Monday, December 26, 2016

Quick Look - Diakron DK-1

In the later half of 1983 Takara had established a spin off of its Japanese Diaclone toyline in the United States through its subsidary Takara US (Takara Toys Corporation), based in New York. The toyline was called Diakron and featured a very limited number of toys from the Diaclone Car Robot series, Dasher series, as well as the multi-vehicle robot Guts Blocker. A Toys-R-Us exclusive, the toyline didn't do particularly well, ostensibly because Takara did not well understand the US market. Ultimately, Takara US's rights to market and distribute the transforming Diakron toys in the US were acquired by Hasbro Industries along with the rights to the bulk of Takara's transforming Diaclone and Micro Change toys in late 1983, to be released as The Transformers the following year. And so marked the the end of the very short and obscure Diakron toyline. Takara US would re-enter the US market with Kronoform, comprising various toys that Hasbro had not used for The Transformers, some featuring Transformers branding, but in the end another unsuccessful and obscure foray into the US toy market.

One of the featured toys, and sequentially the first, was DK-1. Fittingly, it is the same toy as the the first of the Diaclone series, indeed historically the first transforming car-robot ever, the Lamborghini Countach LP500S Super Tuning version. Like the Diaclone, DK-1 was released in red and is the only other release to have done so, making a red variant considerably rarer than it's yellow incarnation; typically G1 Sunstreaker; but also found yellow in the Italian GIG and French Joustra releases, as well as in the Milton Bradley Sideswipe box.

Diakron DK-1 (Front)
Diakron DK-1 (Back)

One of the interesting things about the Diakron release, is that though unsuccessful, many of its packaging details appear to have made it into The Transformers line. The box dimensions are identical in length, height and width to the G1 Autobot cars packaging. Only the height of the box flap differs, being 1 cm shorter on the Diakron. The window placement is identical from the bottom-left co-ordinates and is only slighter taller on the G1. The G1 adopts some of the grey bordering between the window and the character cut-out. And finally both share similar copy, where the Diakron's 'Changes from Racecar to Robot and back!' becomes 'TRANSFORMS FROM RACECAR TO ROBOT AND BACK!' on the G1 packaging.

G1 Sunstreaker (Front)

The internal packaging is quite horrendous. It is a soft, almost vinyl-like plastic tray. It engulfs the toy, making it difficult to see anything more than the side view. In this regard the clear blister arrangement of the G1 is superior. From the back you can see that the tray is in some places only as thin as a supermarket bag. For this reason I haven't dared to remove the toy, as I fear I will do irreversible damage to the tray.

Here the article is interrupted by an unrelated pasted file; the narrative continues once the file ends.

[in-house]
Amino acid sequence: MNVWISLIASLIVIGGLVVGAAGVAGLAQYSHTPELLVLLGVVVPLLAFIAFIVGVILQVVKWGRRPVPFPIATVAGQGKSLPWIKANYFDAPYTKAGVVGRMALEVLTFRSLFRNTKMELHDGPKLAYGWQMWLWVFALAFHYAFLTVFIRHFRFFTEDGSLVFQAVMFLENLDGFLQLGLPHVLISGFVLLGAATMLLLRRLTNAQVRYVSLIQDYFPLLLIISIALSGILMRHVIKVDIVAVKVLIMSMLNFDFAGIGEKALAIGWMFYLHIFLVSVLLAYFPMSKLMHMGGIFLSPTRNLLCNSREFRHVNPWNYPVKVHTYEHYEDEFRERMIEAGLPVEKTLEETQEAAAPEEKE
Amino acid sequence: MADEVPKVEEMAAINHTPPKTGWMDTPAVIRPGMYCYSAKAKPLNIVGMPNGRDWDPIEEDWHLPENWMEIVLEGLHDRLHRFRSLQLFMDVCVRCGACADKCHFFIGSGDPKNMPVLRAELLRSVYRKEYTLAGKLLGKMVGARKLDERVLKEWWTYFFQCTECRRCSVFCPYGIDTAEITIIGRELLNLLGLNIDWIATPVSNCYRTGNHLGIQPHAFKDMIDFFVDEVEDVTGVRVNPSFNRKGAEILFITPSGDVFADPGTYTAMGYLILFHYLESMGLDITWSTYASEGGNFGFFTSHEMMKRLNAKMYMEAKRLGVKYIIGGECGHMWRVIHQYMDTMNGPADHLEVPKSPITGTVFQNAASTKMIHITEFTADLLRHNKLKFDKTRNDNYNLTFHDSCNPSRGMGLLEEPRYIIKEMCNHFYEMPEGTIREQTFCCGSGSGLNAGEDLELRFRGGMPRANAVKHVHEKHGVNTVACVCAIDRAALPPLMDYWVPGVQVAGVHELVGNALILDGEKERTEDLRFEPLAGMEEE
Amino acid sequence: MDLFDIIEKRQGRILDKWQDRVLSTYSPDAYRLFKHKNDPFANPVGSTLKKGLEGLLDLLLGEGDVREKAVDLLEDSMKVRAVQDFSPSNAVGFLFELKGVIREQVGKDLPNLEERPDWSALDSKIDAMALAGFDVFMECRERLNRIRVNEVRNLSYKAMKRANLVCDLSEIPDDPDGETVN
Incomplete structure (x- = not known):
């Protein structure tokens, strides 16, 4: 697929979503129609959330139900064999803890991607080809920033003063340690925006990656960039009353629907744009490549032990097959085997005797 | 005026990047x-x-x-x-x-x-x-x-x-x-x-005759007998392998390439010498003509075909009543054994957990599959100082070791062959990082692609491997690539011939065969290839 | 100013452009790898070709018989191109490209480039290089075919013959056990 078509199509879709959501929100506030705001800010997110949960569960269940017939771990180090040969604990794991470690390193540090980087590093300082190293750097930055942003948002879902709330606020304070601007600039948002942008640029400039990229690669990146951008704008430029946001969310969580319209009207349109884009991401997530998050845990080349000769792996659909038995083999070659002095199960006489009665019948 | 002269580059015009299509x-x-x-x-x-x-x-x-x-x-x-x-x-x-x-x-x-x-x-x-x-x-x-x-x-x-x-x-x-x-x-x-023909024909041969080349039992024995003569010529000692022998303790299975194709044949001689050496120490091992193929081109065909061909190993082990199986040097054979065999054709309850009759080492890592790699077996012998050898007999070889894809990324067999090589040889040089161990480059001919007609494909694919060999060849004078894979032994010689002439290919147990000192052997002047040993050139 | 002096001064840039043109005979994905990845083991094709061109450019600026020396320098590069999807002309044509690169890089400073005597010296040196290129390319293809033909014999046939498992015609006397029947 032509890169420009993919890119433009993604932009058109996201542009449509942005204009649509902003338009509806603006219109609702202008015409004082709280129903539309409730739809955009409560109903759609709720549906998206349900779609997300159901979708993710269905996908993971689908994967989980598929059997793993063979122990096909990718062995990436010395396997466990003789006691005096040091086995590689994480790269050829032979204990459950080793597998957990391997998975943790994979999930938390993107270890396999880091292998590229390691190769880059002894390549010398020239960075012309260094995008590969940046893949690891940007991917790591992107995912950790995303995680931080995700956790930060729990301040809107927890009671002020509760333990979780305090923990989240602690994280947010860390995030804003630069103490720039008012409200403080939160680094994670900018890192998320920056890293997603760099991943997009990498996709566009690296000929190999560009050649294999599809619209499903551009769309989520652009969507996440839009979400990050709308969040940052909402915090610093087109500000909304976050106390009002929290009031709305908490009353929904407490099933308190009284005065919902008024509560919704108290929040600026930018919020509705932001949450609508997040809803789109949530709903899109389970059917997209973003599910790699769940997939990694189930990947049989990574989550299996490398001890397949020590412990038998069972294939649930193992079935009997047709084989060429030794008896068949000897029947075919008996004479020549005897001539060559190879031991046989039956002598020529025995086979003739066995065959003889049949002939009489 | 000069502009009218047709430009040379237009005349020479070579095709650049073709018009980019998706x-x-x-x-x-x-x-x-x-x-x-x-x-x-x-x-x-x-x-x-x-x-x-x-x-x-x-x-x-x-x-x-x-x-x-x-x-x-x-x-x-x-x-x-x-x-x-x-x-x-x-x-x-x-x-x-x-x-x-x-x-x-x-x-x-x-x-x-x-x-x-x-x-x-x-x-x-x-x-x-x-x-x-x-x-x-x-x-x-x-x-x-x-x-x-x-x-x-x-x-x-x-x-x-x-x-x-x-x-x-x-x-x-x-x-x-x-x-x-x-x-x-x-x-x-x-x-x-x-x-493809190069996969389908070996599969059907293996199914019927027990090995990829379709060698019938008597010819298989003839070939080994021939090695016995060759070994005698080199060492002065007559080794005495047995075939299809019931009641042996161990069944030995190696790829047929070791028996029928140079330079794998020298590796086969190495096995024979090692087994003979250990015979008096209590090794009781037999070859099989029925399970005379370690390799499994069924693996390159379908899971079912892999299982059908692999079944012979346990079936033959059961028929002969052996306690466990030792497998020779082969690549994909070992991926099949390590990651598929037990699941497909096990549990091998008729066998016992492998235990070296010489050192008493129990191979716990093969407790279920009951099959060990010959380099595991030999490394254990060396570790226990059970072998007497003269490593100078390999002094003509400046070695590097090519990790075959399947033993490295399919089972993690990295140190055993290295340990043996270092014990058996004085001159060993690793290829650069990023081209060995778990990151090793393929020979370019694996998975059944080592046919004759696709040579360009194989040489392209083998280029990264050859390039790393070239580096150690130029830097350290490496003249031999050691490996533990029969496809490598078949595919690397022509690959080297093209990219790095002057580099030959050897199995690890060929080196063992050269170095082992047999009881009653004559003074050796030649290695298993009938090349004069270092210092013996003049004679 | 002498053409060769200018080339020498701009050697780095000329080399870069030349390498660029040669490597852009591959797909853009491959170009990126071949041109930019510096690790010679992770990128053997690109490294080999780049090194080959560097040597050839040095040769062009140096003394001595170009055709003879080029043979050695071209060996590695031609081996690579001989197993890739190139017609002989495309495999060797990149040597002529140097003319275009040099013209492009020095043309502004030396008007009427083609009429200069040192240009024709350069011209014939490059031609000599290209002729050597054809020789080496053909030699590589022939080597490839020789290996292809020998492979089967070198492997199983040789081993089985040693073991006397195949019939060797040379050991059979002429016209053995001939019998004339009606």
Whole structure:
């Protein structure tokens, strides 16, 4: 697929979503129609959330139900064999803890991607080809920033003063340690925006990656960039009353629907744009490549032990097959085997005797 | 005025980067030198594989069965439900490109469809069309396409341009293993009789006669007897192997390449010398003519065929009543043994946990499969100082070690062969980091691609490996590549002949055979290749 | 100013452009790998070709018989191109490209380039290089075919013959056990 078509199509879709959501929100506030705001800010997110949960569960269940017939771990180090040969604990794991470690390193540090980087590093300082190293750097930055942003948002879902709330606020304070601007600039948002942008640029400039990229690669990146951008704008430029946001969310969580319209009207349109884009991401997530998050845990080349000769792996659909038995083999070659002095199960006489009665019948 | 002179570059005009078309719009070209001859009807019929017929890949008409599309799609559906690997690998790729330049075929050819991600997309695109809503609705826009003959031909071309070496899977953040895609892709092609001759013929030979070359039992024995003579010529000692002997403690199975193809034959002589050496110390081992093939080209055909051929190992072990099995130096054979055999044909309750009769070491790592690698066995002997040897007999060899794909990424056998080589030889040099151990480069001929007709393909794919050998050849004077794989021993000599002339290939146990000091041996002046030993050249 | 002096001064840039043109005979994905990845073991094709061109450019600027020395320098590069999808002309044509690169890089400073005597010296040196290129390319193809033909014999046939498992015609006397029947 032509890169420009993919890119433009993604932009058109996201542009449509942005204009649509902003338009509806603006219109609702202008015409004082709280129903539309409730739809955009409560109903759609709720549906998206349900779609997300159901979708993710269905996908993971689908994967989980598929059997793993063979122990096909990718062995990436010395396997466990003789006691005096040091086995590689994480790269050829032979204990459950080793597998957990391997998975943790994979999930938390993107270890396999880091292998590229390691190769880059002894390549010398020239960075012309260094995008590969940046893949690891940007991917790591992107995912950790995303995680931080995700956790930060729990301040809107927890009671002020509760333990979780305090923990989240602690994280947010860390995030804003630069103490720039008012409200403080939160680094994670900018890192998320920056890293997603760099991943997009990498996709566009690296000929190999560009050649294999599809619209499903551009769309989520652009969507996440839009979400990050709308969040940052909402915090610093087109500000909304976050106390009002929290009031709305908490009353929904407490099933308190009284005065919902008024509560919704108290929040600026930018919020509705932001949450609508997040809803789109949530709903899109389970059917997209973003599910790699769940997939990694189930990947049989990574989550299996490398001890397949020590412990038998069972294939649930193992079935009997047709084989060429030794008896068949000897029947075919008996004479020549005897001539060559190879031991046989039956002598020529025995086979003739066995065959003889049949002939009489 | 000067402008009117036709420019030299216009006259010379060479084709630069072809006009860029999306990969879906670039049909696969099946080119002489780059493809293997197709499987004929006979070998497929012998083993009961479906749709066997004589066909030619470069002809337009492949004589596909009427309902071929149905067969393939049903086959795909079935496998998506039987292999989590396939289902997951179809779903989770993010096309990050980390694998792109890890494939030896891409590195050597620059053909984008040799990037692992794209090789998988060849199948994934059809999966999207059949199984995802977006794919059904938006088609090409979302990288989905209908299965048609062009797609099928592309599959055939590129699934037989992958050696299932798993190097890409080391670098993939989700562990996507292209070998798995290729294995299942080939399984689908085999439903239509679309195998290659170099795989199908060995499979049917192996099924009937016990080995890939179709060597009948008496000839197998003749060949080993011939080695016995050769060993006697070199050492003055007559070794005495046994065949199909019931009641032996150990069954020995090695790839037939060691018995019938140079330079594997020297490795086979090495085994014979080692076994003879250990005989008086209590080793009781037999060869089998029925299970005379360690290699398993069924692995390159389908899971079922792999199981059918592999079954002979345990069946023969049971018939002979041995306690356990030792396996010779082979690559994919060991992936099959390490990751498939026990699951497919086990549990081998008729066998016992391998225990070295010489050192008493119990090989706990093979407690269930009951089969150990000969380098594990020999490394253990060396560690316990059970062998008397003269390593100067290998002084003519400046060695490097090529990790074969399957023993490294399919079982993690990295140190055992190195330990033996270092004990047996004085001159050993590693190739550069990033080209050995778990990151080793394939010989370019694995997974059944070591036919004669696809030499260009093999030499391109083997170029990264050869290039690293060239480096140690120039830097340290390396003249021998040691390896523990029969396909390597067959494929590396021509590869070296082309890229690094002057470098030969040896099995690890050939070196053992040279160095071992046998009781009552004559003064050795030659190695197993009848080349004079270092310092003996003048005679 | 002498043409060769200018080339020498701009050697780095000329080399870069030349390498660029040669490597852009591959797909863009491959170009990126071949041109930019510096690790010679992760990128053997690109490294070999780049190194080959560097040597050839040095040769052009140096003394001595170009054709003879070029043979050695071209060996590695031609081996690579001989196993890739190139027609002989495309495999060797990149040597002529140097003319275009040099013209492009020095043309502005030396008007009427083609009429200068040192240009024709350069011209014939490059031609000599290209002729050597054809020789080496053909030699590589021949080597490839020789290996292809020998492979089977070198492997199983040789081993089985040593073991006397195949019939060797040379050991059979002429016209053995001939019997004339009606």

Circle stamped figure with 'Diaclone' pilot
Back of tray

In an interview with Hasbro R&D VP at the time, George Dunsay (Source), he recalled that Diakron did not have many of the elements that made The Transformers successful as a brand - marketing, conflict, commercials. Certainly, the packaging is overloaded with copy, bombarding the viewer with messages about what is inside and how to enjoy it. It is evident that Takara didn't have a good handle on what was required for the market. Hasbro knew how to get people storming into the toy aisles. Diakron looked like a foreign curiosity that you'd be lucky to come across in the first place, let alone be compelled to buy.

Diakron DK-1 (Top)
Diakron DK-1 (Side)

If Takara had scant idea how to sell toys in the US, they certainly acknowledged they needed to find out. The toy was accompanied by a feedback card to ascertain some very rudimentary information about buyers and their impressions of the toyline.

Toy decal sheet and feedback card
Yes, they were really there.

The catalog that doubled as the instruction sheet interestingly didn't feature any other toys from the toyline. Instead, it featured a bunch of penny-racer pull-back cars, known as Choro Q in Japan. Catch some old school commercials for them here, and here.

DK-1 instruction sheet
Penny Racers. A whole different breed of speed.

Even as an example of a poorly executed campaign, the subsequent success and longevity of The Transformers as a global brand have elevated its Diaclone and Diakron predecessors to legendary status. For collectors, the scarcity of the red variant and its historical significance as the pioneering car-robot transforms this obscure piece into an unlikely holy-grail.